The 10K split was 42:10.  Perfect.  Nice and easy.

At this point I started to really relax and take it all in.  The miles had been effortless, and we were going through some really pretty parts of the city.  At around 8 miles, I heard a conversation amongst my pack mates that went something like this:

“How you feelin’?”

“Eh, not bad… A little tired.”

“Yeah, me too…”

Gents, if you’re eight miles into a marathon, and you feel a little tired, it’s going to be a long day.  What I came to realize was there were a lot of people around me who were already in over their heads.  I’m guessing they didn’t read my blog.

The miles continued to drift by as we cruised into Myers Park, a very pretty tree-filled neighborhood.  I pull away from my small pack and am pretty much running solo.  It would turn out to be pretty much just me from there on.  Hit the ten mile post at just a hair over 1:07.  Not bad at all!  That certainly was where my pre-race planning had me.  But then I looked at my split for that tenth mile… 6:10!  Uh-oh… Way WAY too fast.  The gears started turning and I had to convince myself that was okay.  It was a downhill mile, but still.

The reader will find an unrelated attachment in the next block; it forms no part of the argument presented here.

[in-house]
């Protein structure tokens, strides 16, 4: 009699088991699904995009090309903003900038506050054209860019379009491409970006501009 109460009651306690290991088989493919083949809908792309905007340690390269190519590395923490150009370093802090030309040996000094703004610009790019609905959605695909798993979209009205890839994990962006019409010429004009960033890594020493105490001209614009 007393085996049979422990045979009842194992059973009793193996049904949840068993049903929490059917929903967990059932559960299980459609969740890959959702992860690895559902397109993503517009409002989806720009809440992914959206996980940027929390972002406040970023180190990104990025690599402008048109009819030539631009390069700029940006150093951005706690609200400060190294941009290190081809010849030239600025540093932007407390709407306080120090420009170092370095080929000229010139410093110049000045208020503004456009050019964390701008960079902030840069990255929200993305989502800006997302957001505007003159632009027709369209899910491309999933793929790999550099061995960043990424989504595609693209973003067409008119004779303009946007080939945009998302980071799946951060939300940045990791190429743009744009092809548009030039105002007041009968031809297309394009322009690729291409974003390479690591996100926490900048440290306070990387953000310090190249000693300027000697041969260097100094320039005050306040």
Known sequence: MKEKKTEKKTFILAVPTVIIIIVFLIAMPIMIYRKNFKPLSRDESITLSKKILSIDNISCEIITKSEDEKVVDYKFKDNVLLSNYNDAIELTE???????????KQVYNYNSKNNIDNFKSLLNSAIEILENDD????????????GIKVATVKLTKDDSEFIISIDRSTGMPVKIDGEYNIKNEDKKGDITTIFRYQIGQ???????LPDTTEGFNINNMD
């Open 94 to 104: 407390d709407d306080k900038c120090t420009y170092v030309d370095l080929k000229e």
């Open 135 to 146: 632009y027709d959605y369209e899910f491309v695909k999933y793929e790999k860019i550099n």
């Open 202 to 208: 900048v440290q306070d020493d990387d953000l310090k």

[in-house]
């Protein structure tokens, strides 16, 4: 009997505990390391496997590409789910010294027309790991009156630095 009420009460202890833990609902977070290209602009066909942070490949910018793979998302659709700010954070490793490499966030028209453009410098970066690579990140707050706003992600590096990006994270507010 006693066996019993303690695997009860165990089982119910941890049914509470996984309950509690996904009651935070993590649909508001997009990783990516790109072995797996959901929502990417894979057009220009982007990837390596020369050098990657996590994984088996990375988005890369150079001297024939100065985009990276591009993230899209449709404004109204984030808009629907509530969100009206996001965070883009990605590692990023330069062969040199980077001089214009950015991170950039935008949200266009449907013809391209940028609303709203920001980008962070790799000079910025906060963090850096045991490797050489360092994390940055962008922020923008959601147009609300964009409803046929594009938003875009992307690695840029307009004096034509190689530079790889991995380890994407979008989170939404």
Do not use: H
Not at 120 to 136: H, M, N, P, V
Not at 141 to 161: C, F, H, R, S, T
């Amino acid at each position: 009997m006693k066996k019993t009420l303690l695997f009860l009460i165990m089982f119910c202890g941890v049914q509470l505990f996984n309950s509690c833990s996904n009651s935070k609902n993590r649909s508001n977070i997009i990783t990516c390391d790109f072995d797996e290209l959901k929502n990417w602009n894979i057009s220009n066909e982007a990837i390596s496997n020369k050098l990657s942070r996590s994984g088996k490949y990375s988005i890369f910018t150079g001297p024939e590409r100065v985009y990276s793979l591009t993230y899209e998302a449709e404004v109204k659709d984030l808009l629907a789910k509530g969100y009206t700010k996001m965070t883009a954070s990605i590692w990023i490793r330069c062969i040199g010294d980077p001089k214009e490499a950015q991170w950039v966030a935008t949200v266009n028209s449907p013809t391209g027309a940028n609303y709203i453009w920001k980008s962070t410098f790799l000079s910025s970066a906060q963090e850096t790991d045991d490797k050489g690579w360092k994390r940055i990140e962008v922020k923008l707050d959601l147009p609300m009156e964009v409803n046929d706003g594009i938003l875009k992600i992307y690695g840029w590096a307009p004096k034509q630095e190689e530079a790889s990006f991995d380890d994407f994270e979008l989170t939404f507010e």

The course turns into Dilworth and we approached the halfway mark.  I’m picking off other runners slowly but surely.  Passed a couple near the 11 mile mark… A couple more just past 12.  I turn the corner and look down a long stretch and can see the mats laying across the road at the half marathon mark… I cross in 1:27:10 surrounded by screaming spectators and the thumping beats of a live band.  As I turn the corner and head into the second half of my race, it seems like it gets very quiet.  There’s nobody in front of me that I can see, and nobody behind me that I can hear.  I start trying to do the math on my half split to see if I can figure out the pace… I can’t do it.  But, I know it’s probably not far from where I want to be.  So now it’s time to get serious and see if I really can do this negative split nonsense.